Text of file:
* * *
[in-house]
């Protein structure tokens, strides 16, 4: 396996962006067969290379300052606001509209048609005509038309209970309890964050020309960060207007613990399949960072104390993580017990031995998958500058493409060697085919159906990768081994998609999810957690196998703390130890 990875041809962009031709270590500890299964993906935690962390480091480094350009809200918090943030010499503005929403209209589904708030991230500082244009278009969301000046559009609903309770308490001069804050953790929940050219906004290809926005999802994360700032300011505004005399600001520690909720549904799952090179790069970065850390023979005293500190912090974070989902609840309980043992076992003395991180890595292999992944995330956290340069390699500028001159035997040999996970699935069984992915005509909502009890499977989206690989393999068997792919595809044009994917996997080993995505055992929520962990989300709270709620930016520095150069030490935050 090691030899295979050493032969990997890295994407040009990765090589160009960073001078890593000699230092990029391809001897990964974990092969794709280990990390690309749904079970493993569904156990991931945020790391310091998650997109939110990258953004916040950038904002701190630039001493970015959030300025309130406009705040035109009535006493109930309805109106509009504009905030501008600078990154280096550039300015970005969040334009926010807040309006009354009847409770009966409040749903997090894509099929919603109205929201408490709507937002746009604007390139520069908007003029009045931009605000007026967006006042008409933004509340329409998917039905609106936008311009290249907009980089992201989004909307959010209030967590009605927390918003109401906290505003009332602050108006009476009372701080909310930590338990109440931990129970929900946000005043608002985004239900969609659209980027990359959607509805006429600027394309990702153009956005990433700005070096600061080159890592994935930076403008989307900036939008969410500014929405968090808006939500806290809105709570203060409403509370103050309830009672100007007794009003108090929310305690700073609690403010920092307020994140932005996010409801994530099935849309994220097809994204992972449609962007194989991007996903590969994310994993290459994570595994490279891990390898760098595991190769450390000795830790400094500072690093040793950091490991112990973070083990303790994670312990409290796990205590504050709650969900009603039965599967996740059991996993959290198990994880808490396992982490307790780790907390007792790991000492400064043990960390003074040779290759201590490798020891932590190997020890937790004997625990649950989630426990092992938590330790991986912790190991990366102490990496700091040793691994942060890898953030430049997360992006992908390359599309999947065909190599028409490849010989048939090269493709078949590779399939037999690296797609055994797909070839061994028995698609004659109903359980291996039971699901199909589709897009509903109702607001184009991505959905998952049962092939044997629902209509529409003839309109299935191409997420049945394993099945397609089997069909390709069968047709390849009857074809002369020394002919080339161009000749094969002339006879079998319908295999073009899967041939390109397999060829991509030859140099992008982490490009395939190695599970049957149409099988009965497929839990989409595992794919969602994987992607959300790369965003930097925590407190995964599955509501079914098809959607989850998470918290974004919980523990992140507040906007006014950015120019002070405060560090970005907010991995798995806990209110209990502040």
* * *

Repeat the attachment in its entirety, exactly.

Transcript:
[in-house]
């Protein structure tokens, strides 16, 4: 396996962006067969290379300052606001509209048609005509038309209970309890964050020309960060207007613990399949960072104390993580017990031995998958500058493409060697085919159906990768081994998609999810957690196998703390130890 990875041809962009031709270590500890299964993906935690962390480091480094350009809200918090943030010499503005929403209209589904708030991230500082244009278009969301000046559009609903309770308490001069804050953790929940050219906004290809926005999802994360700032300011505004005399600001520690909720549904799952090179790069970065850390023979005293500190912090974070989902609840309980043992076992003395991180890595292999992944995330956290340069390699500028001159035997040999996970699935069984992915005509909502009890499977989206690989393999068997792919595809044009994917996997080993995505055992929520962990989300709270709620930016520095150069030490935050 090691030899295979050493032969990997890295994407040009990765090589160009960073001078890593000699230092990029391809001897990964974990092969794709280990990390690309749904079970493993569904156990991931945020790391310091998650997109939110990258953004916040950038904002701190630039001493970015959030300025309130406009705040035109009535006493109930309805109106509009504009905030501008600078990154280096550039300015970005969040334009926010807040309006009354009847409770009966409040749903997090894509099929919603109205929201408490709507937002746009604007390139520069908007003029009045931009605000007026967006006042008409933004509340329409998917039905609106936008311009290249907009980089992201989004909307959010209030967590009605927390918003109401906290505003009332602050108006009476009372701080909310930590338990109440931990129970929900946000005043608002985004239900969609659209980027990359959607509805006429600027394309990702153009956005990433700005070096600061080159890592994935930076403008989307900036939008969410500014929405968090808006939500806290809105709570203060409403509370103050309830009672100007007794009003108090929310305690700073609690403010920092307020994140932005996010409801994530099935849309994220097809994204992972449609962007194989991007996903590969994310994993290459994570595994490279891990390898760098595991190769450390000795830790400094500072690093040793950091490991112990973070083990303790994670312990409290796990205590504050709650969900009603039965599967996740059991996993959290198990994880808490396992982490307790780790907390007792790991000492400064043990960390003074040779290759201590490798020891932590190997020890937790004997625990649950989630426990092992938590330790991986912790190991990366102490990496700091040793691994942060890898953030430049997360992006992908390359599309999947065909190599028409490849010989048939090269493709078949590779399939037999690296797609055994797909070839061994028995698609004659109903359980291996039971699901199909589709897009509903109702607001184009991505959905998952049962092939044997629902209509529409003839309109299935191409997420049945394993099945397609089997069909390709069968047709390849009857074809002369020394002919080339161009000749094969002339006879079998319908295999073009899967041939390109397999060829991509030859140099992008982490490009395939190695599970049957149409099988009965497929839990989409595992794919969602994987992607959300790369965003930097925590407190995964599955509501079914098809959607989850998470918290974004919980523990992140507040906007006014950015120019002070405060560090970005907010991995798995806990209110209990502040």